A review of self-management interventions for panic disorders, phobias and obsessive-compulsive disorders
Barlow JH, Ellard DR, Hainsworth JM, Jones FR and Fisher A ;
Commented by , 28 Mar 2005
Although various types of self-management interventions are being used increasingly in the treatment of many disorders, both physical and mental, the efficacy and/or the efficiency of such interventions has not always been adequately documented up to now.
Aims of the study
To review the evidence supporting the impact of self-management interventions in the treatment of Panic disorder (PD), phobic disorders (PhDs) and obsessive-compulsive disorder (OCD).
A systematic search on a number of electronic data bases and research engines including the Cochrane Library, PubMed, and PsychInfo, to identify all randomised controlled studies (RCT), published between 1995 and 2003, on self-management interventions in PD, PhDs and OCD.
10 RCTs could be identified on the use of self-management interventions in the three groups of disorders under investigation, 5 studies on PD, 4 studies on PhDs, and 1 on OCD. Each study showed evidence of significant improvement in the groups treated with self-management interventions, in comparison with control group(s), such as treatment as usual or waiting list groups.
PD, PhDs and OCD are highly prevalent mental disorders that are associated with significant distress and impairment in functioning. Fortunately, they are often highly amenable to currently available treatment, either pharmacological or psychotherapeutical, or a combination of both.
A comprehensive review of currently available treatment options for OCD (ref. 1), as well as a state of the art editorial on overcoming treatment resistance in OCD (ref. 2), are included in the same issue of this month's Acta.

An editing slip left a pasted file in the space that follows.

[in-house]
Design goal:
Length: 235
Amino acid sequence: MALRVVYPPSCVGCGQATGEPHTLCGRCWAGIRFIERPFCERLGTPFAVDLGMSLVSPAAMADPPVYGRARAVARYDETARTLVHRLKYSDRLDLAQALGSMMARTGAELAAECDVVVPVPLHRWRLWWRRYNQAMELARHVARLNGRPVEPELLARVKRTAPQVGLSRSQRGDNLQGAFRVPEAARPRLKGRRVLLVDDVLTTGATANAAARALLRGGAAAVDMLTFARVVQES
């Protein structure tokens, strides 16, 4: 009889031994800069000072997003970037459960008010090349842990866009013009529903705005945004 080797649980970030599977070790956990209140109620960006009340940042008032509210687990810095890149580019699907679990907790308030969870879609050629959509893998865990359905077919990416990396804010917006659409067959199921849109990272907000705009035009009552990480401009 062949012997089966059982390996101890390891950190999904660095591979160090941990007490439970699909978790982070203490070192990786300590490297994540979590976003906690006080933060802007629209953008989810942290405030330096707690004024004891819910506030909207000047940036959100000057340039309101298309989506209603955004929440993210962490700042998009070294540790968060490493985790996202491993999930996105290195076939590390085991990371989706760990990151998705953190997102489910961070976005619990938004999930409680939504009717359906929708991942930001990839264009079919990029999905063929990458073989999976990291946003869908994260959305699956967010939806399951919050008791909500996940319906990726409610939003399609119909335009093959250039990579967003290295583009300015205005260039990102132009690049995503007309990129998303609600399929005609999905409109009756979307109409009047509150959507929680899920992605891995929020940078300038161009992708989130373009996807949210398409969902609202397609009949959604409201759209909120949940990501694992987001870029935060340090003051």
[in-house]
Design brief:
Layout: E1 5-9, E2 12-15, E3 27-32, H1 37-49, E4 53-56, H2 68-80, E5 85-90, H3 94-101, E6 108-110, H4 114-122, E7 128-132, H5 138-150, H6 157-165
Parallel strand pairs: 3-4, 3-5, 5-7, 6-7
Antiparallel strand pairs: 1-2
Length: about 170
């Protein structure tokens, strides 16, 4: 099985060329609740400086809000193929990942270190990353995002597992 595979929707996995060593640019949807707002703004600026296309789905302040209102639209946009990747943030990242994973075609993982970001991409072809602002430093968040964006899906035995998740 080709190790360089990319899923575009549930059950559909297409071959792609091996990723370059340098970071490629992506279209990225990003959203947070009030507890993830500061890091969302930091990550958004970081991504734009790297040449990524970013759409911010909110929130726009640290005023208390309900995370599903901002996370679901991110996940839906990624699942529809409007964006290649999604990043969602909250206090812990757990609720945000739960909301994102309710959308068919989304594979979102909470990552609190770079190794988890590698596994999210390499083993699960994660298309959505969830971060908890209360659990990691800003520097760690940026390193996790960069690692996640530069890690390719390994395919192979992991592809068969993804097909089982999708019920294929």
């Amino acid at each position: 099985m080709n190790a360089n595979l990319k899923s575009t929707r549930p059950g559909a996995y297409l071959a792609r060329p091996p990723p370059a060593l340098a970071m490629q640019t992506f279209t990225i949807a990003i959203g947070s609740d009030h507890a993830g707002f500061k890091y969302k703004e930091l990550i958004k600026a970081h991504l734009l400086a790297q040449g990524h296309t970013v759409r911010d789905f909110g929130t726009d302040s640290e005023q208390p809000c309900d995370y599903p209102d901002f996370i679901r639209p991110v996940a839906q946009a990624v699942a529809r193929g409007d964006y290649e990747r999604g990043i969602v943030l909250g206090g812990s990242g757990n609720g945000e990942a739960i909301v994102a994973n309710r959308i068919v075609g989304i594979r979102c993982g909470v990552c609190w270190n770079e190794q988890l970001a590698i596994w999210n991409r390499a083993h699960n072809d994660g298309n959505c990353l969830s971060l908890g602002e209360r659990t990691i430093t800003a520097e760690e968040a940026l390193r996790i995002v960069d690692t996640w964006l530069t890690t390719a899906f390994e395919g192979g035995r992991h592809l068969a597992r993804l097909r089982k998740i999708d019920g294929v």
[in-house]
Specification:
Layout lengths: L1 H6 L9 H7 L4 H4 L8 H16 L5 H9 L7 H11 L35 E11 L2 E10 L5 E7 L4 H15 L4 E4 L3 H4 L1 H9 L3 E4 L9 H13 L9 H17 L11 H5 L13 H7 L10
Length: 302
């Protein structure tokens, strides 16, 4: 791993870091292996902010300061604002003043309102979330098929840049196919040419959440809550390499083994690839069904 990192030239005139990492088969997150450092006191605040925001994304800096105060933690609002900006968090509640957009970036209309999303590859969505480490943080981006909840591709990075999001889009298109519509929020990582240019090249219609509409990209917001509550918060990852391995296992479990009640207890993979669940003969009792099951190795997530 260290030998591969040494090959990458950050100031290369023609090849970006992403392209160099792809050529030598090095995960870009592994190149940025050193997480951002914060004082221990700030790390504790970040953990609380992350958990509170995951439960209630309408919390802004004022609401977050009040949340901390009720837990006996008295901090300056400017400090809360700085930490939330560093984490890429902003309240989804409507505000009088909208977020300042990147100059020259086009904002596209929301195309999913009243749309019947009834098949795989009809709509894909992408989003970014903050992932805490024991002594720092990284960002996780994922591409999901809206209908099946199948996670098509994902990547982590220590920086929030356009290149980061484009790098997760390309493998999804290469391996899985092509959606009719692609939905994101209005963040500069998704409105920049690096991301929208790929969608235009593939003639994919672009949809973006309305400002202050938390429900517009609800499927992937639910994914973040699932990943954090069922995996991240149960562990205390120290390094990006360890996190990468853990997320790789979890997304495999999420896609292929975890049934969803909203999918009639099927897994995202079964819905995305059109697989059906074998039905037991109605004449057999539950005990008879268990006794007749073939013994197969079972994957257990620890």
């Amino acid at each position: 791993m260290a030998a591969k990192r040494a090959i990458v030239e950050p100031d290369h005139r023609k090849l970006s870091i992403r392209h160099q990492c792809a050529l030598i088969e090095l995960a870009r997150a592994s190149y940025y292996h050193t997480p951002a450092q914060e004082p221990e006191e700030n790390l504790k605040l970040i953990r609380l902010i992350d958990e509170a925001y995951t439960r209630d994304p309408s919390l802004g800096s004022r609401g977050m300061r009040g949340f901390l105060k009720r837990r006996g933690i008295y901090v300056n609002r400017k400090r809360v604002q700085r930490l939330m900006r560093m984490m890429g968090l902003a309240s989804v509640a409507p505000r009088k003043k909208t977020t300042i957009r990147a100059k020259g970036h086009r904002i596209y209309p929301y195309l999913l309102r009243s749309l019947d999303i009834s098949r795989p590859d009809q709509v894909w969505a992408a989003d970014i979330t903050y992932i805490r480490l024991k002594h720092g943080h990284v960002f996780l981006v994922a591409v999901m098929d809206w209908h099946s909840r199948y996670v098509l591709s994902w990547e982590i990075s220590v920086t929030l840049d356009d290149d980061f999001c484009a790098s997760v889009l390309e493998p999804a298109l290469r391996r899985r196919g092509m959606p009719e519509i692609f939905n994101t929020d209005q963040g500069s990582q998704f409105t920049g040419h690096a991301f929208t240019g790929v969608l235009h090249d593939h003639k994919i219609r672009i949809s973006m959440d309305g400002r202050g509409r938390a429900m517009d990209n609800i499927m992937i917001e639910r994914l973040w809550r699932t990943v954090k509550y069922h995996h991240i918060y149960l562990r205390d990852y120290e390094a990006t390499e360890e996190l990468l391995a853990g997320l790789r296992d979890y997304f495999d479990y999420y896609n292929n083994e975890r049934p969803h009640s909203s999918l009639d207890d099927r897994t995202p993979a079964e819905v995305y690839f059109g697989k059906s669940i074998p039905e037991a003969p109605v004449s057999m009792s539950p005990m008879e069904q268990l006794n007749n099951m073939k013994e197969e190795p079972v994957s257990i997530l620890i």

Unfortunately, a considerable proportion of sufferers do not benefit from those treatments, either because they cannot find a specialist to provide them, or because they do not know that such treatments exist.
As such, there is a need to bring these treatments, or at least part of them, to the attention of sufferers and to show them how they can best benefit from those treatments without or with only limited help by a professional. This is where self-managements interventions come in.
Self-management interventions are a set of strategies used by people to manage the symptoms, treatment, and consequences of disorders. Examples of self-help interventions include bibliotherapy, psychoeducation, computer-derived programs, and peer group interventions. They can be implemented when professional help is either unavailable, or when it is too costly, unwarranted, or not accepted by the patient.
Self-help interventions still can involve professionals, but they usually include only limited direct contact with a professional. They rely heavily on the individual to practice self-management techniques.
Patients who are intellectually and emotionally capable to understand the nature of their disorder, as well as the types of treatment options that are currently available, and who are willing to invest considerable effort and time in the treatment of their disorder, may greatly profit from such interventions and techniques.
The efficacy of self-management interventions has been investigated in only a limited number of studies, and the methodology in many of those studies is far from perfect. As such, it is premature to generalize the findings described in this article.
There is, however, sufficient evidence already to support further investigations on self-management interventions for the treatment of PD, PhDs and OCD.
1. Schruers K, Koning K, Luermans J, Haack MJ and Griez E. Obsessive-compulsive disorder: a critical review of therapeutic perspectives. Acta Psychiatrica Scandinavica 2005; 111; 261-271
2. O'Connor K. Overcoming treatment resistance in obsessive-compulsive disorder. Acta Psychiatrica Scandinavica 2005; 111; 257-260